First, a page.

PCCs join forces to shine a light on modern slavery


Sussex Police and Crime Commissioner Katy Bourne is joining forces with her counterparts in neighbouring counties for a ground-breaking conference to fight modern slavery.

Mrs Bourne is teaming up with the PCCs for Hampshire, Surrey and Thames Valley to host an event on Tuesday, 20 June, to examine how the four areas can work together to tackle the issue of human trafficking.

The conference at the HG Wells Conference & Events Centre in Woking will be opened by Kevin Hyland, the UK’s Independent Anti-Slavery Commissioner. Speakers will include Miriam Minty from the Home Office’s Modern Slavery Unit, Assistant Chief Constable Jeremy Burton, Specialist Crime, Surrey & Sussex Police, and Shahrzad Fouladvand, Lecturer in International Criminal Law at the University of Sussex.

“Slavery is happening here and we need to do something about it,” says Mrs Bourne. “It can affect men, women and children, many of whom are British. These are extremely vulnerable victims and we all have a responsibility to work together to protect them.
“It’s clear that this problem goes beyond county boundaries, which is why I invited my fellow commissioners to jointly host this event.

“We need to join forces in order to understand the scale of the problem in both our county and the region and to find a better way of working together on the solution.”

Detective Superintendent Ian Pollard said: “We do not know the true level of modern slavery in Sussex and the various different forms it can take, but we are working with other agencies to help better understand this across Sussex along with our colleagues in the South East region and nationally.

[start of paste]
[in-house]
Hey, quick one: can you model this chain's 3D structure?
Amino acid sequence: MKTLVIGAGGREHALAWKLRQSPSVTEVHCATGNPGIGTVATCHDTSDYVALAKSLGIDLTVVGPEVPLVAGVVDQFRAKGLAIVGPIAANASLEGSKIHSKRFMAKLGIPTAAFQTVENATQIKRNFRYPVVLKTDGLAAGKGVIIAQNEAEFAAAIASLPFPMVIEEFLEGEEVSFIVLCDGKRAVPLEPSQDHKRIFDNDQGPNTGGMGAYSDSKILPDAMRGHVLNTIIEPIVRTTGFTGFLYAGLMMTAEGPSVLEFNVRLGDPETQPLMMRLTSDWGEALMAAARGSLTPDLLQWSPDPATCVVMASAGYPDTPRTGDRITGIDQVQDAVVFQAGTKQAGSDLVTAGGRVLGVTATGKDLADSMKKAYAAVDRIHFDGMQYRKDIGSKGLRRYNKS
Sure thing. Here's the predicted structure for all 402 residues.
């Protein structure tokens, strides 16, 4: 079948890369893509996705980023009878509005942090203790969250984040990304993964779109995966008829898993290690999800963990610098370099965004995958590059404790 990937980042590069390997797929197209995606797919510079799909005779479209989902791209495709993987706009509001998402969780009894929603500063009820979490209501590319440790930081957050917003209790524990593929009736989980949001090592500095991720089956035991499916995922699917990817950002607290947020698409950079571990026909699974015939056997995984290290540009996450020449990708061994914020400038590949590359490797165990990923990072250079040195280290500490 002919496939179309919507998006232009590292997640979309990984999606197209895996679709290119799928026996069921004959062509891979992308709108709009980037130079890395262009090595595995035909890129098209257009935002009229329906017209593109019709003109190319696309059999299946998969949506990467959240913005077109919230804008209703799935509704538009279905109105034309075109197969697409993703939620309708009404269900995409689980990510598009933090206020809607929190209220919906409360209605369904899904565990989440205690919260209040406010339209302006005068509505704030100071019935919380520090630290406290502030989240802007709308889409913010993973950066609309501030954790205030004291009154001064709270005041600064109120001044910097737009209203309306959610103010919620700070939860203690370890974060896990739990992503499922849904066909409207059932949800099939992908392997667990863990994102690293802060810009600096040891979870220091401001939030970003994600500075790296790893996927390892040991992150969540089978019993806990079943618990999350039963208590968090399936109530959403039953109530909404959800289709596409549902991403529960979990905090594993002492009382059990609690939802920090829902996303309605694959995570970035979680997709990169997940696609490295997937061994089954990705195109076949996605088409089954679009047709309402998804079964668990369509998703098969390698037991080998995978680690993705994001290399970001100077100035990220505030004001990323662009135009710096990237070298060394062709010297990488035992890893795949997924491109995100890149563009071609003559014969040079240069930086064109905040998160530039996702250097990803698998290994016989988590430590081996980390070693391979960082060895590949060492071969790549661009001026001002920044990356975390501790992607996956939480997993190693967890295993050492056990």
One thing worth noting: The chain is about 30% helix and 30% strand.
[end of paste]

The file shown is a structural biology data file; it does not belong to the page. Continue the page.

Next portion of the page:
“All information is referred to the National Crime Agency through a national referral mechanism so that safeguarding action can be considered for all potential or actual victims.

“We are always keen for further information from the public to help us uncover the true scale of the problem.”

Kevin Hyland says: “The police response to modern slavery must remain a priority if we hope to see more victims rescued and perpetrators punished so it is good to see that these four Police and Crime Commissioners are getting together to understand the scale of the problem and how to tackle it. Only by collaboration and cooperation will we really see progress.

“PCCs are in a position to drive change; I would like to see more PCCs leading the charge in their areas and working effectively with partners to fight the brutal crime of modern slavery.”

Notes for editors

• The definition of human trafficking, or modern slavery, is flexible but at its core all forms of trafficking share the control and exploitation of the vulnerable for the profit and gain of their traffickers
• Owing to factors including a lack of awareness and the constantly evolving nature of the problem, it is difficult to gain an truly accurate picture of trafficking in the UK
• The Home Office estimates there are between 10,000 and 13,000 potential victims of trafficking in the UK, including victims trafficked into the UK as well as British adults and children
• According to the Independent Anti-Slavery Commissioner’s website, there were 3,805 recorded victims of modern slavery in the UK in 2016, an increase of 17% on the previous year
• Reporting showed potential victims of trafficking from 108 different nationalities in 2016
• Albanian, UK, Nigerian and Vietnamese nationals are the most commonly reported potential victims
• The most common exploitation type recorded for potential victims exploited as an adult was labour exploitation, which also includes criminal exploitation.

For more details, please visit www.antislaverycommissioner.co.uk

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